Messaging and Storytelling for the Climate Crisis in the COVID-19 era

by | Jul 28, 2020

As the world continues to grapple with the devastating consequences of the COVID-19 pandemic, scientists are hoping that we don’t lose sight of the crisis facing our climate, which may be even more prolonged, intractable, and deadly by comparison. Messaging around the climate crisis continues to be a challenge, perhaps even more so during the pandemic. Creative messaging frameworks and storytelling may help us to better understand the relationships between these crises, as well as drive support for climate reform while we confront the immediate threat of the novel coronavirus.

Recognize our psychological limitations and be wary of “doom and gloom.” 

Because of our innate psychological makeup, we have a hard time wrapping our brains around the issue of climate change. For something so large, with unpredictable consequences that do not feel immediate, and without an easily identifiable enemy, it’s too easy to kick the can down the road. “Doom and gloom” messaging is also a turn-off; apocalyptic imagery and rhetoric triggers emotional shutdown and doesn’t inspire a belief in solutions. In the context of the pandemic, it’s also difficult to carve out mental space to the “distant” threat of climate change when COVID-19 immediately threatens fundamentals of public health and economic well-being.  We tend to categorize these crises at different levels of analysis; a climate crisis facing the planet feels like less of a direct threat psychologically than a virus attacking individual bodies. 

Spotlight parallels to and direct relationships with the COVID-19 pandemic.

While crises may compete for attention in the public eye, messaging around climate change should both highlight parallels and direct relationships with the pandemic, not just the differences.  Climate scientists have noted that once we get COVID-19 under control, the climate crisis will be the biggest threat facing humans, with no equivalent of a vaccine on the horizon. While this message is valid, it fails to tap into the intense collective focus on the pandemic at this moment in time, and does not highlight either the similarities of crises or the ways in which they are intertwined. 

The pandemic has shown us that our systems are fragile; when there’s a shock, the fabric of our society starts to unravel. What started out as a health problem, quickly turned into an economic problem and an issue that threatens our most essential institutions. Similarly, droughts, storms, and extreme weather will trigger a cascading set of consequences that will quickly move beyond isolated concerns about “climate.” Climate change is set to trigger a constellation pandemic-like shocks, as extreme weather threatens food supplies, housing, water, and infrastructure across the world.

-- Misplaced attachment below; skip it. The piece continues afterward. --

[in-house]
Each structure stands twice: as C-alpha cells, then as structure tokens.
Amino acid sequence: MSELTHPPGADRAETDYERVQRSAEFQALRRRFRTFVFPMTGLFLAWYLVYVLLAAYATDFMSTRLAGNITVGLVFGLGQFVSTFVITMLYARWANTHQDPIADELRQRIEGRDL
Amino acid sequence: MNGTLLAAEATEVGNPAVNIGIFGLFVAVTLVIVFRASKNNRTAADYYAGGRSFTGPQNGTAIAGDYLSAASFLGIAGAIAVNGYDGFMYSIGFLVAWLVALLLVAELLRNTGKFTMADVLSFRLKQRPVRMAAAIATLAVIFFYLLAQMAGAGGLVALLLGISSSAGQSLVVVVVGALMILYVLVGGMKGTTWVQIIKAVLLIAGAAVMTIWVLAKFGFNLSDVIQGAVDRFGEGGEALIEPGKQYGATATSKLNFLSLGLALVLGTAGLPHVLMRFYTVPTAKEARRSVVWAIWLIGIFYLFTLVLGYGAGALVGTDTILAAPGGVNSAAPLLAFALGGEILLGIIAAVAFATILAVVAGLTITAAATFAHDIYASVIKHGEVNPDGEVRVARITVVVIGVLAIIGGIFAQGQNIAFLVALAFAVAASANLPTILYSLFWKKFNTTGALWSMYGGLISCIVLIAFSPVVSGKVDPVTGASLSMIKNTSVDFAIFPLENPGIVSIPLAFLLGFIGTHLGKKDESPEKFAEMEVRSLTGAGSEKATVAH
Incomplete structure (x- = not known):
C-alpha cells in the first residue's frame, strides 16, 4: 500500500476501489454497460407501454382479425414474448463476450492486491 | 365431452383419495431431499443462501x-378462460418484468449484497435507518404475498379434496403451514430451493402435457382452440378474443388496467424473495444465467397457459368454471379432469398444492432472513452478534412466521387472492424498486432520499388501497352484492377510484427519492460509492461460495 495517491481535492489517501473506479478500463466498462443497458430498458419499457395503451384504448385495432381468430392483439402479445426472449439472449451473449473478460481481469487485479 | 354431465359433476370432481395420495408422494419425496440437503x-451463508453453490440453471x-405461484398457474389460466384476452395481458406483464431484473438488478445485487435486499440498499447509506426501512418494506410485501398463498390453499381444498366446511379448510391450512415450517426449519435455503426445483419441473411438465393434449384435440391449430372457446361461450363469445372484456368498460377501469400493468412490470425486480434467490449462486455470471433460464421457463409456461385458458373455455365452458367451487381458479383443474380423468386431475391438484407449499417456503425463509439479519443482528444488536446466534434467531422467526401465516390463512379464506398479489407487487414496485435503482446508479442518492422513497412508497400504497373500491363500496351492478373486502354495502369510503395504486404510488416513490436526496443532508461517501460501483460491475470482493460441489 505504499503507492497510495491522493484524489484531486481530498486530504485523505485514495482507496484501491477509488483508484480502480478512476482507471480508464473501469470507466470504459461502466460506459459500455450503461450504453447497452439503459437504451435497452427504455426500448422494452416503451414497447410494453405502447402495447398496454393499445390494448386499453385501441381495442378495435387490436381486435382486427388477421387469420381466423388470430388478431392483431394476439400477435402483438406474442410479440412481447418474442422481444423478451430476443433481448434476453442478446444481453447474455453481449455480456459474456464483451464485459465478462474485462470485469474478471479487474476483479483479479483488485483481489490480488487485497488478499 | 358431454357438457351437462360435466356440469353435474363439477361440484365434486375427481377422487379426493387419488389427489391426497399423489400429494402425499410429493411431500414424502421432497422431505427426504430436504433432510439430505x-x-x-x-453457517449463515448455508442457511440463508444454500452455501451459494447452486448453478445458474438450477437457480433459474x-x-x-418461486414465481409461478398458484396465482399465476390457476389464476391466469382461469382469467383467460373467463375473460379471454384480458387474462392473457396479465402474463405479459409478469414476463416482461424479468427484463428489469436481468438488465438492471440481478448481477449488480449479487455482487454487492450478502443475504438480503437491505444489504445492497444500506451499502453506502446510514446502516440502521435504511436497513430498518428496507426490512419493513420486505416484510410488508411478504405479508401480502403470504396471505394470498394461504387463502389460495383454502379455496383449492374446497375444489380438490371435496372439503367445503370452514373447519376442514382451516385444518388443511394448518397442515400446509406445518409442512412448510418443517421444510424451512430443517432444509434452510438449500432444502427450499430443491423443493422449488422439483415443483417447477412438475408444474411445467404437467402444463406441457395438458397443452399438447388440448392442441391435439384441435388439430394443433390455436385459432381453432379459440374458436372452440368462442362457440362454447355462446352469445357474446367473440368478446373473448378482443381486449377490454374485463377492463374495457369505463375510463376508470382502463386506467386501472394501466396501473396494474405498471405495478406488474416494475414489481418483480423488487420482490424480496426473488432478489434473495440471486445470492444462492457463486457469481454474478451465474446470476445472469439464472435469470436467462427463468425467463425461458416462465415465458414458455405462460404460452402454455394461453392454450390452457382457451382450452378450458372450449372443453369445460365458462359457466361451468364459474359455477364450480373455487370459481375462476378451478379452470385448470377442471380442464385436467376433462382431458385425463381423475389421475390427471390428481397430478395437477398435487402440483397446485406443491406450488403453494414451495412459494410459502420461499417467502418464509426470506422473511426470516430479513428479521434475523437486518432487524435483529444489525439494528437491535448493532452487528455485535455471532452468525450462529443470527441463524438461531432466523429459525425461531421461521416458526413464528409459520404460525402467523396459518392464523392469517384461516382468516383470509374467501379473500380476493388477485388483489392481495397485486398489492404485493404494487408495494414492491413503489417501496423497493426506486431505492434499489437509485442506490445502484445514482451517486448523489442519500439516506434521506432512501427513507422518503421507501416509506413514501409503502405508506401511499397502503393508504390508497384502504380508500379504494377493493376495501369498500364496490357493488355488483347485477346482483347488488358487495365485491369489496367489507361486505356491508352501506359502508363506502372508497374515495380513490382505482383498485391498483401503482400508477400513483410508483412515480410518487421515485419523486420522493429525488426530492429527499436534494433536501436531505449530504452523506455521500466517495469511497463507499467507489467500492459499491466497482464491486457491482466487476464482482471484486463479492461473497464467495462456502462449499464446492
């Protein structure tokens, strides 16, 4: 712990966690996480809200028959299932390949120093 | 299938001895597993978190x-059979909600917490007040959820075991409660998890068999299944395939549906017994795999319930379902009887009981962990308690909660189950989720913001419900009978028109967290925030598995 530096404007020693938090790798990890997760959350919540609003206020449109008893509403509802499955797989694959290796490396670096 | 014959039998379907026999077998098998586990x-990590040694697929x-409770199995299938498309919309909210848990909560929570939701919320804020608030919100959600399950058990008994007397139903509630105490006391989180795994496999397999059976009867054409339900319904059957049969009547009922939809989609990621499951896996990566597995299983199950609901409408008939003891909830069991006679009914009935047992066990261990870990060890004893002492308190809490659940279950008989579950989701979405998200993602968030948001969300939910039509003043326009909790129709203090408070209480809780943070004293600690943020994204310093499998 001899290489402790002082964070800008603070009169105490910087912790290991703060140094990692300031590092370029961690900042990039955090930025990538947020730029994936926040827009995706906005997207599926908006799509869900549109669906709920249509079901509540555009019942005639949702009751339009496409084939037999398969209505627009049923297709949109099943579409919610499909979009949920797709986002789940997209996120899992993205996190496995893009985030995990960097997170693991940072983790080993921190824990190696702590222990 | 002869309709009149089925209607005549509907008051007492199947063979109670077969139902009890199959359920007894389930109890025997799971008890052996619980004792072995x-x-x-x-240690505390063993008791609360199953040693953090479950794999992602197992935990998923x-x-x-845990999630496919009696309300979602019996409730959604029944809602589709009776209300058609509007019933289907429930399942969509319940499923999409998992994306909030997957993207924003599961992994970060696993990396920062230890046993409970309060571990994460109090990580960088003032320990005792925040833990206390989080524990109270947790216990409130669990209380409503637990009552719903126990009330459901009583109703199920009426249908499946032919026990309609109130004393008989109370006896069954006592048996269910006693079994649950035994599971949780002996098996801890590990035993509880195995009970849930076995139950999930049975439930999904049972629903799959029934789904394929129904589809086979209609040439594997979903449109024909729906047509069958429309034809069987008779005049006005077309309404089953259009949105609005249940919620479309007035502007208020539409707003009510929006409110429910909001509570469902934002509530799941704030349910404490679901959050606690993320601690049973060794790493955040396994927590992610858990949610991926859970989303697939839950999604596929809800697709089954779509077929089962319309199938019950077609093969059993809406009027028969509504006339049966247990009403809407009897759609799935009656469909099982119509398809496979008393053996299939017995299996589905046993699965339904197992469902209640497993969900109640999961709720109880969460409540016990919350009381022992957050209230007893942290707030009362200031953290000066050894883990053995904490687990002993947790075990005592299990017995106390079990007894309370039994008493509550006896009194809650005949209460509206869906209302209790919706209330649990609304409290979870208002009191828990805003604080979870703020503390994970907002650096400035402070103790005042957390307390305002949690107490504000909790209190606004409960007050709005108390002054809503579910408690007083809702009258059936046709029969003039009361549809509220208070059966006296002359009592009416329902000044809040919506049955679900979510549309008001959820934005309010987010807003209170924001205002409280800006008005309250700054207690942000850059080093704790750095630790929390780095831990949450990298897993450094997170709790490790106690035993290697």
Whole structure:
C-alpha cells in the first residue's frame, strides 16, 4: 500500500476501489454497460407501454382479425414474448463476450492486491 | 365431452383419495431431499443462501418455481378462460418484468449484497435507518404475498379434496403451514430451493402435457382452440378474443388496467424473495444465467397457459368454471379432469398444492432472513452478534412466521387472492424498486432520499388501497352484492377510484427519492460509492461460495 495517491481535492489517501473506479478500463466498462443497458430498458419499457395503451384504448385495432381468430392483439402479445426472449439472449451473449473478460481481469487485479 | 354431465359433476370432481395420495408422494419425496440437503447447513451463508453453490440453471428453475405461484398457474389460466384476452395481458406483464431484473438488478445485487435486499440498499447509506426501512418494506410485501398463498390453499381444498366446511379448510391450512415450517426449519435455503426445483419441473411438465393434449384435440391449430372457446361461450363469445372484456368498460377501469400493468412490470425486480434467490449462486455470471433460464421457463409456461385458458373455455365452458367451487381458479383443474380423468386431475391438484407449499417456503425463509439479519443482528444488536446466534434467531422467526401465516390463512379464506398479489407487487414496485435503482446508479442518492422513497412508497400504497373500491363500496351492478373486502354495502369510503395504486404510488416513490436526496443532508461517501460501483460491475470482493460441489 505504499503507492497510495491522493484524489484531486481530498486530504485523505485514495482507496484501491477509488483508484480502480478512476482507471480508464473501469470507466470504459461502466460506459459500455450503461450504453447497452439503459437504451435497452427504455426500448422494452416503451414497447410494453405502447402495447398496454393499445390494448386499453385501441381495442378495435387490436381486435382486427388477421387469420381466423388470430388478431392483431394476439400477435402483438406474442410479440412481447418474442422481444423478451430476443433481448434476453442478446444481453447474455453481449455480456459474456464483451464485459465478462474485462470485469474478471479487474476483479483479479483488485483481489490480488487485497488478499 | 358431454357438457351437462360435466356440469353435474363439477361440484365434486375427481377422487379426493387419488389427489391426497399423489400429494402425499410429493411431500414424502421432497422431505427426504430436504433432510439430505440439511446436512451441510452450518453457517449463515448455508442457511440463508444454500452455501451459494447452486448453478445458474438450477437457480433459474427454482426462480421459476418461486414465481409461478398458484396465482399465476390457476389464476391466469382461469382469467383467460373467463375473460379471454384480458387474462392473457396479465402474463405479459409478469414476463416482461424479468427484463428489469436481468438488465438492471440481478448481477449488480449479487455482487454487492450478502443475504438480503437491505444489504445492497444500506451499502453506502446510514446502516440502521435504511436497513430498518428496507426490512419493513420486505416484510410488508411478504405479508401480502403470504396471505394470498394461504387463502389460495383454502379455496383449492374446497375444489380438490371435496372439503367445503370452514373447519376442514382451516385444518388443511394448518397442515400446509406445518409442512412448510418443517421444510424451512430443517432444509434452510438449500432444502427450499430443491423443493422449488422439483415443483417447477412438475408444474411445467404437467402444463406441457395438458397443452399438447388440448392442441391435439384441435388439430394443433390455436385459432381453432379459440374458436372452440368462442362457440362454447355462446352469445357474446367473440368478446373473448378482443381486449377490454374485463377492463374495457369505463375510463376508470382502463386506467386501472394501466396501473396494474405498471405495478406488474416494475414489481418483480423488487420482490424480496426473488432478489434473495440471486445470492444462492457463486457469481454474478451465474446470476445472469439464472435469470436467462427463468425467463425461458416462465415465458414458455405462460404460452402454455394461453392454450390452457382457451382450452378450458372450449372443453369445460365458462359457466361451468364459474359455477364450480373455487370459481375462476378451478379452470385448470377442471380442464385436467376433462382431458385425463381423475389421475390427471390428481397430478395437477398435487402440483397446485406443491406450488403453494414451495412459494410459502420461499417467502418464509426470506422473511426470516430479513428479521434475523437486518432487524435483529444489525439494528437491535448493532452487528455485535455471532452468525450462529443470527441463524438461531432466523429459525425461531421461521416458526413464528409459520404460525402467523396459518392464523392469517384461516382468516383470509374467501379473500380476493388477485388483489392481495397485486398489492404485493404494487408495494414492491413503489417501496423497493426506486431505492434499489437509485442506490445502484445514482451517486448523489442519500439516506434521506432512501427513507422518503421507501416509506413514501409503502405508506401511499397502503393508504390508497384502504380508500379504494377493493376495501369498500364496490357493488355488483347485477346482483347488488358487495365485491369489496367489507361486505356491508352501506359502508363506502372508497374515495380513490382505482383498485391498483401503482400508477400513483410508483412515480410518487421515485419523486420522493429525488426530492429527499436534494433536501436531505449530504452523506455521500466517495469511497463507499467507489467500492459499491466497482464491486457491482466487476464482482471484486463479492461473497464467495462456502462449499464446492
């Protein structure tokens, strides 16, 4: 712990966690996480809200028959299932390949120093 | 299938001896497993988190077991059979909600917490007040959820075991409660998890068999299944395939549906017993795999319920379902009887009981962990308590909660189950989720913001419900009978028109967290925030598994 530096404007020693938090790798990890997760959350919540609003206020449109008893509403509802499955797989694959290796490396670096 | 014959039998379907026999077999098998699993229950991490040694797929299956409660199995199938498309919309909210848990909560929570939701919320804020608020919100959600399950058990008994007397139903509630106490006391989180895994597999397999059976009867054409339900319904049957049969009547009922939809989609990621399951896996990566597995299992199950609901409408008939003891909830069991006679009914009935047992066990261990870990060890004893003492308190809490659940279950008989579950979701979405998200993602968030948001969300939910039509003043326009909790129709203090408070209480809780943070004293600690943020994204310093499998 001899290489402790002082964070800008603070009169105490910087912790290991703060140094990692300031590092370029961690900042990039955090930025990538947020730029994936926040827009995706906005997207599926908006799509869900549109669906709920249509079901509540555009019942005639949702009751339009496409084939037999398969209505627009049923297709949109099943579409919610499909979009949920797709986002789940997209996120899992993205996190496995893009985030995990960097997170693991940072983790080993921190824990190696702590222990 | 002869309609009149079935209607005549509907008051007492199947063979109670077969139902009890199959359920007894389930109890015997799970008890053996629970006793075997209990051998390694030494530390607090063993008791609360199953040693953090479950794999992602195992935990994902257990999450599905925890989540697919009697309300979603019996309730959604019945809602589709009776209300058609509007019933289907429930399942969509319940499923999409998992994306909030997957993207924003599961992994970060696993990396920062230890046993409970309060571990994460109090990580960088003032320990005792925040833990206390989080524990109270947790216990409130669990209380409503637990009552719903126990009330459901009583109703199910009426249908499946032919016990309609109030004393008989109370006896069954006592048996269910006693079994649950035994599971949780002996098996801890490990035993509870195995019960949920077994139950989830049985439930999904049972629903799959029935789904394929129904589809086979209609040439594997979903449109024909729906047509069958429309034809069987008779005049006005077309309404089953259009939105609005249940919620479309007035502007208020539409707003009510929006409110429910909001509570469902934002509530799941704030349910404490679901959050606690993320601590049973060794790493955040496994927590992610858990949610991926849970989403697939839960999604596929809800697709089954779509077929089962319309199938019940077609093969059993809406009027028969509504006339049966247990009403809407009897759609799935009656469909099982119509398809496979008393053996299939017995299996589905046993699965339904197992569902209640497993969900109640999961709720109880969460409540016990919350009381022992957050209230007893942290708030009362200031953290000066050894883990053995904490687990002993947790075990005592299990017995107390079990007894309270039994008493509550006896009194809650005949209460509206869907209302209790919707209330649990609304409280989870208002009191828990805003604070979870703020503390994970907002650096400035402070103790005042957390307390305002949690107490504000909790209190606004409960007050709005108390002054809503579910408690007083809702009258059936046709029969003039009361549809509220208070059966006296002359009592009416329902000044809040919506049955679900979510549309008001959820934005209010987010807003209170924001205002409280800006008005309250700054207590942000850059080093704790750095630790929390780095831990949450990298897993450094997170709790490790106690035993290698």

The climate crisis and COVID-19 are also deeply intertwined. Both crises put our most vulnerable populations at risk, and exacerbate systemic inequalities. Recent studies have also highlighted relationships between air pollution and COVID-19 death rates. Messaging around climate change should tap into our current attention to the COVID-19 and underscore the relationships between these crises. At their core, both require an intensive need for science, industry, policy, and collective action to come together in order to address the large-scale problems at hand. 

Highlight tangible examples of success (even if limited), to show that change is possible. 

Climate science messaging requires a delicate balance of highlighting problems and featuring successful “wins.” Climate scientists have found it difficult to have their messages breakthrough into the public consciousness in large part because the problems seem too vast and nearly impossible to address. This creates a dilemma; highlighting problems are necessary to create urgency, but people tune out doomsday messaging. The problems need to be framed differently, but so do the solutions. Reducing emissions from fossil fuels is not impossible; we have wide-ranging evidence of policies that work and those that don’t. Despite being far from where we need to be, we have decades of research to build upon, there are examples of success that can be scaled, and there are glimmers of hope amidst a daunting challenge. We need more political will to expand these solutions, but this support will only come from a sense of possibility that needs to be felt by voters and policymakers in a visceral way.

Focus on scalable policy solutions more than changes to consumer behavior